Chapter

A Perfect Storm for the Building Industry

Richard Harris

in Building a Market

Published by University of Chicago Press

Published in print August 2012 | ISBN: 9780226317663
Published online September 2013 | e-ISBN: 9780226317687 | DOI: http://dx.doi.org/10.7208/chicago/9780226317687.003.0006
A Perfect Storm for the Building Industry

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Competition from mail-order companies forced lumber dealers to rethink their strategy, particularly with respect to consumers. More specifically, lumber dealers diversified their product lines and loosened ties to the lumber trade. By the early 1920s they were learning to deal with the new competitors. Just when they were gathering momentum, sales of lumber fell due to competition from other building materials that were not only cheaper but also safer or easier to use. Consumers began to spend their money more on other consumer goods, especially automobiles, instead of housing. Residential construction fell into a rut, exacerbated by the Crash of 1929. This building catastrophe paved the way for the emergence of home improvement as an industry and as a social phenomenon. By 1931, the Depression had given birth to the culture of do-it-yourself as a means of home improvement.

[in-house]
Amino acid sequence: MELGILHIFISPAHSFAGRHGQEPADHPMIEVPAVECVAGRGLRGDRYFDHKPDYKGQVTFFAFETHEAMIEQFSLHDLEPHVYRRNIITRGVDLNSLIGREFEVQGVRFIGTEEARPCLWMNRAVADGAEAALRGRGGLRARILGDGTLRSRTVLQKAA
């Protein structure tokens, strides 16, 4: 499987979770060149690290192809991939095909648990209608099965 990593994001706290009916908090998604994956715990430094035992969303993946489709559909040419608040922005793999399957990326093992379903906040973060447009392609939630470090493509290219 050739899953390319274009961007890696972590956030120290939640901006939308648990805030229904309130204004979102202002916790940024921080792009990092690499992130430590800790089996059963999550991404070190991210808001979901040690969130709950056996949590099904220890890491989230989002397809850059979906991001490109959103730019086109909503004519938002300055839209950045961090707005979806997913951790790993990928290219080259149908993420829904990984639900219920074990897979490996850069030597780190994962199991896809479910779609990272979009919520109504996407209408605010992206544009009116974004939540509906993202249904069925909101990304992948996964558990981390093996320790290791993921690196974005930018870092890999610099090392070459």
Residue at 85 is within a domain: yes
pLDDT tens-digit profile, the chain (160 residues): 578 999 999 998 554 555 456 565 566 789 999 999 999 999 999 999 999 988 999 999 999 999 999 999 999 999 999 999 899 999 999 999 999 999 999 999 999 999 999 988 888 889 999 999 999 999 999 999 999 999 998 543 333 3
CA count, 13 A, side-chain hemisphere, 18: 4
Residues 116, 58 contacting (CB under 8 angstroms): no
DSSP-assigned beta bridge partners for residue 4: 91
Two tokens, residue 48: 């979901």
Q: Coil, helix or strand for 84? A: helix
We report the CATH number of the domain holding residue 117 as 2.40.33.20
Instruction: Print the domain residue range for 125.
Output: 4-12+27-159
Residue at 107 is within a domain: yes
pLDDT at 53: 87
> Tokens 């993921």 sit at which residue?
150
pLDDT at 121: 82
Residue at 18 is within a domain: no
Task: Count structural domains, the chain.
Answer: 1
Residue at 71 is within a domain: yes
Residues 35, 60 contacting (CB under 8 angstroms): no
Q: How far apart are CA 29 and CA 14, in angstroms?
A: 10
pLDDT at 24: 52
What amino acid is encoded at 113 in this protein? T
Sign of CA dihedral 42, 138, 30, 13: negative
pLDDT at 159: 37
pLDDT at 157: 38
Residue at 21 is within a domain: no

Keywords: lumber dealers; consumers; lumber trade; competition; building materials; consumer goods; housing; home improvement; Depression; do-it-yourself

Chapter.  12972 words.  Illustrated.

Subjects: History of the Americas

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